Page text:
The Strength of the U.S. Dollar | Liz Laprade | Adviser Takeaway

The Strength of the U.S. Dollar—And Why It Matters

Senior Research Analyst Liz Laprade takes a look at the relative value of the U.S. dollar with respect to other currencies—and what it tells us about investing and the economy. She uses the U.S. Dollar Index (DXY Index) to describe the manner in which the greenback has appreciated in recent years. Additionally, Liz explains the importance of geographic diversification and the importance of the dollar for global investors and international companies. If you have questions for Liz, please send them to


Video Transcript

The relative strength and weakness of the US dollar to other currencies has been making headlines quite a bit recently. So what does the relative value of the dollar tell us about the economy and about where we should be investing?

Hi, I’m Liz Laprade, Senior Research Analyst, with Today’s Adviser Takeaway. Using the DXY Index, which measures the US dollar relative to a basket of other currencies like the euro or the yen, the dollar started to appreciate significantly in May of 2021 until peaking in September of 2022.

Over that time period, the dollar appreciated relative to those other currencies by 24%. For comparison, the average rolling 16 month relative move is only 0.10%. Since that September peak, the dollar declined through January and then we’ve seen it rally a little bit this month in February.

So why do we care? Well, the relative strength of the dollar is important for a few reasons. The first being that the dollar is a safe haven for global investors, so when it starts to significantly strengthen, it’s typically indicating that we are in or may soon be in a risk-off environment. We saw this as the recent rally aligned with the lead up to the start of an equity bear market in 2021 through its most recent bottom.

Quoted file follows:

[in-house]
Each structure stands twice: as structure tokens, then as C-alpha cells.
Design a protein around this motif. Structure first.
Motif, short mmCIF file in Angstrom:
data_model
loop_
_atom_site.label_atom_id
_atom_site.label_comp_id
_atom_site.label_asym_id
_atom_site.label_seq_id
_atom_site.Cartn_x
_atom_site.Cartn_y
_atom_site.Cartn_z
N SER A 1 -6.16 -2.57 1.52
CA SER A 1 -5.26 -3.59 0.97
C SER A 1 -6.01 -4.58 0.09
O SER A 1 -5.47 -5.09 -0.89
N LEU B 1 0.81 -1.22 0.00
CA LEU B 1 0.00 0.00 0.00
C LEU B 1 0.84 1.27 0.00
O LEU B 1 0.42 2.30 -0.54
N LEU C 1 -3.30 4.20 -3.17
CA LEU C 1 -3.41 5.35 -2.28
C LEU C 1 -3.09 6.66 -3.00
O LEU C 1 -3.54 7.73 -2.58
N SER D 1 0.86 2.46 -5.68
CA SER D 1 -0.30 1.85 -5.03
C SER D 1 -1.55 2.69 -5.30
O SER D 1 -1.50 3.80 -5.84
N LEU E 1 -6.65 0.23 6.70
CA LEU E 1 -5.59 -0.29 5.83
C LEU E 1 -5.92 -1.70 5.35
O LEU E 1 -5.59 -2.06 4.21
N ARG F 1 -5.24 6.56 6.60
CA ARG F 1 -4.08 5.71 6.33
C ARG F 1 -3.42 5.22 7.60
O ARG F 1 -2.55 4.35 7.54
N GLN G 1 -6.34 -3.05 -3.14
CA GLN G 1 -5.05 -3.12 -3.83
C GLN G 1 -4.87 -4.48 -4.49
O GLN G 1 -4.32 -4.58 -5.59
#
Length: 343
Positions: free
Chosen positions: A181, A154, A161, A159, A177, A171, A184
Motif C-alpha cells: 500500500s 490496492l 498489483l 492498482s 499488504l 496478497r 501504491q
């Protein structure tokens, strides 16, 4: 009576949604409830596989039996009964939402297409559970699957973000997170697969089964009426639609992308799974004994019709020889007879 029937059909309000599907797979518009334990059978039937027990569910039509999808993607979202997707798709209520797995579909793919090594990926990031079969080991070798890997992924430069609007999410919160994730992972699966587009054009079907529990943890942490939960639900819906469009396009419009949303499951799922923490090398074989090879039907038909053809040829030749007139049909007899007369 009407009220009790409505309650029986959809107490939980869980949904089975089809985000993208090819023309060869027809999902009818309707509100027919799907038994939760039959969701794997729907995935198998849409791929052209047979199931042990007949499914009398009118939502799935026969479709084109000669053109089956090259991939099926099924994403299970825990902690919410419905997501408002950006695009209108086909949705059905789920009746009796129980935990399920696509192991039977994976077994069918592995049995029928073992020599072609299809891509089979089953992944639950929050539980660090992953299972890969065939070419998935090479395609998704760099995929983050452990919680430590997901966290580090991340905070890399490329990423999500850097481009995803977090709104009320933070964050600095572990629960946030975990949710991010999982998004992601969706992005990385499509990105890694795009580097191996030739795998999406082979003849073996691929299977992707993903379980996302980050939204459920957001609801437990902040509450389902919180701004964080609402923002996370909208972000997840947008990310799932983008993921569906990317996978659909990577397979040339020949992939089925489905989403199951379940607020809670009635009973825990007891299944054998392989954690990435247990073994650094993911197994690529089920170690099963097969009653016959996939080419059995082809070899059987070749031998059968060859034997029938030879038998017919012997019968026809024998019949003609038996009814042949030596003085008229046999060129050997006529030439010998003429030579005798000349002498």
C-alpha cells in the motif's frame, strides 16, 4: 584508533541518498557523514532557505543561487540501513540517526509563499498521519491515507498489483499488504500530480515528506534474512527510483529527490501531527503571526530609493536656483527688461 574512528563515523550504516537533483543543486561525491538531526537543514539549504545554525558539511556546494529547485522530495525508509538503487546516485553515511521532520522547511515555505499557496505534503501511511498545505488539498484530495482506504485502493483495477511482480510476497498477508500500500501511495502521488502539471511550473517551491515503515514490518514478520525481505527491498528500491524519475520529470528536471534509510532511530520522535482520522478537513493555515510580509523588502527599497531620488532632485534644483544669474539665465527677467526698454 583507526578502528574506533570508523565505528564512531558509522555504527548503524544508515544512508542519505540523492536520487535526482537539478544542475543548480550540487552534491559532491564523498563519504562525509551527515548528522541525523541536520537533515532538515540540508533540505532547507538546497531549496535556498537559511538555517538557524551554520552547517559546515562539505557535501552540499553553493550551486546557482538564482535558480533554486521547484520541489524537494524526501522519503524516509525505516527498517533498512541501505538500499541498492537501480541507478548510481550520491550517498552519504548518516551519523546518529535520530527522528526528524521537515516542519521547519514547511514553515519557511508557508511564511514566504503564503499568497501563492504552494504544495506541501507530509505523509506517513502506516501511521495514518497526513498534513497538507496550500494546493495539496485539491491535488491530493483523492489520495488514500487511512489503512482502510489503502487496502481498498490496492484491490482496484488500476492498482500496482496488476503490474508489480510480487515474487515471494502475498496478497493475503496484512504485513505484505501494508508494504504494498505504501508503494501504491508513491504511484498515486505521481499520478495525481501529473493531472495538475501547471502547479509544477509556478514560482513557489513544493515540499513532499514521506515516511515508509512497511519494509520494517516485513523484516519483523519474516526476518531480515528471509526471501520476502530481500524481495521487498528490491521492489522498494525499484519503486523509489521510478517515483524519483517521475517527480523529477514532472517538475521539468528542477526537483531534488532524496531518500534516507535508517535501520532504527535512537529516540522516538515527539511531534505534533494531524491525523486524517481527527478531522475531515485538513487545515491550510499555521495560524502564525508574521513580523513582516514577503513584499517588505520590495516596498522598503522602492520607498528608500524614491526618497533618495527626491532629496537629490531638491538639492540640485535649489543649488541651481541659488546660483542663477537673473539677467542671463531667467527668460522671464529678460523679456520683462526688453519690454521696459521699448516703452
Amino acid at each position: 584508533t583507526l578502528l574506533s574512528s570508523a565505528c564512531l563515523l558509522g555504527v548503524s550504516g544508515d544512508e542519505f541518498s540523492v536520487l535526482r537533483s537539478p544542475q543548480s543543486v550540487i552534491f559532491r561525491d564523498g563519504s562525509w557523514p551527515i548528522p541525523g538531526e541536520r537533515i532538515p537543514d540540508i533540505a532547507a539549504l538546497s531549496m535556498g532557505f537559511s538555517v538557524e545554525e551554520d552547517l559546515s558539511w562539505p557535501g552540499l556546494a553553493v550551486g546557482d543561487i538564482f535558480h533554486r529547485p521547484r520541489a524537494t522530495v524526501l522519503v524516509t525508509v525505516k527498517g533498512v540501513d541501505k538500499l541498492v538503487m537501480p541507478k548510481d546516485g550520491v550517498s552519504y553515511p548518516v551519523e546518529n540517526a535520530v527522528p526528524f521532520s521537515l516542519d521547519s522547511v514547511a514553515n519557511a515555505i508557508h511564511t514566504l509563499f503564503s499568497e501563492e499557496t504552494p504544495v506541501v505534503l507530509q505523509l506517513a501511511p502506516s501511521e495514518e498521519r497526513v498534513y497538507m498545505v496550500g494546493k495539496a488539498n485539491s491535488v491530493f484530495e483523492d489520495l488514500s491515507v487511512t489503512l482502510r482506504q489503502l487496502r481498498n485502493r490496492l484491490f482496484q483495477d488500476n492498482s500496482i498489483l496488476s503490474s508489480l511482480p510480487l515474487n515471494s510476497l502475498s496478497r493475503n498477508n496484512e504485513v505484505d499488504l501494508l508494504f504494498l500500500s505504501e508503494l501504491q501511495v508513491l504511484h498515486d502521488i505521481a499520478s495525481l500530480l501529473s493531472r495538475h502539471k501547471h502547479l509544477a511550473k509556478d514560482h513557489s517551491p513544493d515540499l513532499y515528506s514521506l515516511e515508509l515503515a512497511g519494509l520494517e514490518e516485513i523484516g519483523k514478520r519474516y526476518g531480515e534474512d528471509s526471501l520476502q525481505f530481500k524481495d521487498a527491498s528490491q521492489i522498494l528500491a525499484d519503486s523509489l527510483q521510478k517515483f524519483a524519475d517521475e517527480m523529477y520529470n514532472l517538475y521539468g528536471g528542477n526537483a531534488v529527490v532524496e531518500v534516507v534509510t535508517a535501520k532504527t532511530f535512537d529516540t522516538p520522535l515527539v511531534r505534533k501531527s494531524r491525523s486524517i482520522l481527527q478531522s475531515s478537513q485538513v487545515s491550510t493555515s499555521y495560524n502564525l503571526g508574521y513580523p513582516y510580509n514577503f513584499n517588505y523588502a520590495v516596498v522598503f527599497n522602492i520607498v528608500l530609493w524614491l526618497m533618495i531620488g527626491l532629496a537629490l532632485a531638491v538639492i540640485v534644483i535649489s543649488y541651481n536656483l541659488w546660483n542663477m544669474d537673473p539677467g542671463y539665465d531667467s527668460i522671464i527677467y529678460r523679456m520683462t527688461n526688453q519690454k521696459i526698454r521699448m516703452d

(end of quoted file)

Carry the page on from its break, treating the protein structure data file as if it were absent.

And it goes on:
Second reason is it has implications for international investing. A lot of international companies generate both costs and revenues in the US dollar. So when the dollar is strong, it means not only that, you know, probably means most people could be selling out of foreign companies, but it also means that it becomes more expensive for those companies to operate as they convert costs and revenues from a depreciated currency to a more expensive one. However, this relationship does create opportunities for investing globally.

To put some numbers behind this, using the same dollar index, the MSCI Ex US World Index and the MSCI EM Index, I took a look at time periods where the dollar weekend over a rolling 12 month period. During those times, the average rolling 12 month return for a developed international index was 11% and 18% for emerging-market index, compare this to just 5% and 3% respectively when the dollar is strengthening.

These relationships and potential investing opportunities just reinforce needing to be diversified across geographies. If you had only been invested domestically last year, you’d have probably missed out on impressive foreign returns relative to, say the S&P. Also, this makes a great case for active managers who can strategically invest across changing both currency and economic landscapes and such as we find ourselves in today.

And that will be it for me, I will talk to you all next week!

Additional currency Resources

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